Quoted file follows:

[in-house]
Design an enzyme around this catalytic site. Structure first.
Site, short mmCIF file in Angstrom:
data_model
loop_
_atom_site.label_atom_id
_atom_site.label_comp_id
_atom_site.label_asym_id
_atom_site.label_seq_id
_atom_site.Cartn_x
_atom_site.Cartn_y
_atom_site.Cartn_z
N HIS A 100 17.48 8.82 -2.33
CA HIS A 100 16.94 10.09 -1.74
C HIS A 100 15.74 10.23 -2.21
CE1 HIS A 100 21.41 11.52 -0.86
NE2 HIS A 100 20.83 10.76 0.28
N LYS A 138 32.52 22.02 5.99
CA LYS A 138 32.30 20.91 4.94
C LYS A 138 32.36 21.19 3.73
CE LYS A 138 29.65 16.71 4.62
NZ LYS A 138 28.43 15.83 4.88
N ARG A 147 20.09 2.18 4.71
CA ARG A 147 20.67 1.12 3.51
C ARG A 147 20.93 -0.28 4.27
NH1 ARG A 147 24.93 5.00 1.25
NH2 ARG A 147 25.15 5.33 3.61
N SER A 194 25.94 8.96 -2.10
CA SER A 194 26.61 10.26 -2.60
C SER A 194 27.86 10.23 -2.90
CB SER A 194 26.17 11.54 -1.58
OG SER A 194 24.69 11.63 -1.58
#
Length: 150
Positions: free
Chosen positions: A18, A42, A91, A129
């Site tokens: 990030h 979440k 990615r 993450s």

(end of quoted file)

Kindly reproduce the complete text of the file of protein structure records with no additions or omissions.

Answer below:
[in-house]
Design an enzyme around this catalytic site. Structure first.
Site, short mmCIF file in Angstrom:
data_model
loop_
_atom_site.label_atom_id
_atom_site.label_comp_id
_atom_site.label_asym_id
_atom_site.label_seq_id
_atom_site.Cartn_x
_atom_site.Cartn_y
_atom_site.Cartn_z
N HIS A 100 17.48 8.82 -2.33
CA HIS A 100 16.94 10.09 -1.74
C HIS A 100 15.74 10.23 -2.21
CE1 HIS A 100 21.41 11.52 -0.86
NE2 HIS A 100 20.83 10.76 0.28
N LYS A 138 32.52 22.02 5.99
CA LYS A 138 32.30 20.91 4.94
C LYS A 138 32.36 21.19 3.73
CE LYS A 138 29.65 16.71 4.62
NZ LYS A 138 28.43 15.83 4.88
N ARG A 147 20.09 2.18 4.71
CA ARG A 147 20.67 1.12 3.51
C ARG A 147 20.93 -0.28 4.27
NH1 ARG A 147 24.93 5.00 1.25
NH2 ARG A 147 25.15 5.33 3.61
N SER A 194 25.94 8.96 -2.10
CA SER A 194 26.61 10.26 -2.60
C SER A 194 27.86 10.23 -2.90
CB SER A 194 26.17 11.54 -1.58
OG SER A 194 24.69 11.63 -1.58
#
Length: 150
Positions: free
Chosen positions: A18, A42, A91, A129
């Site tokens: 990030h 979440k 990615r 993450s």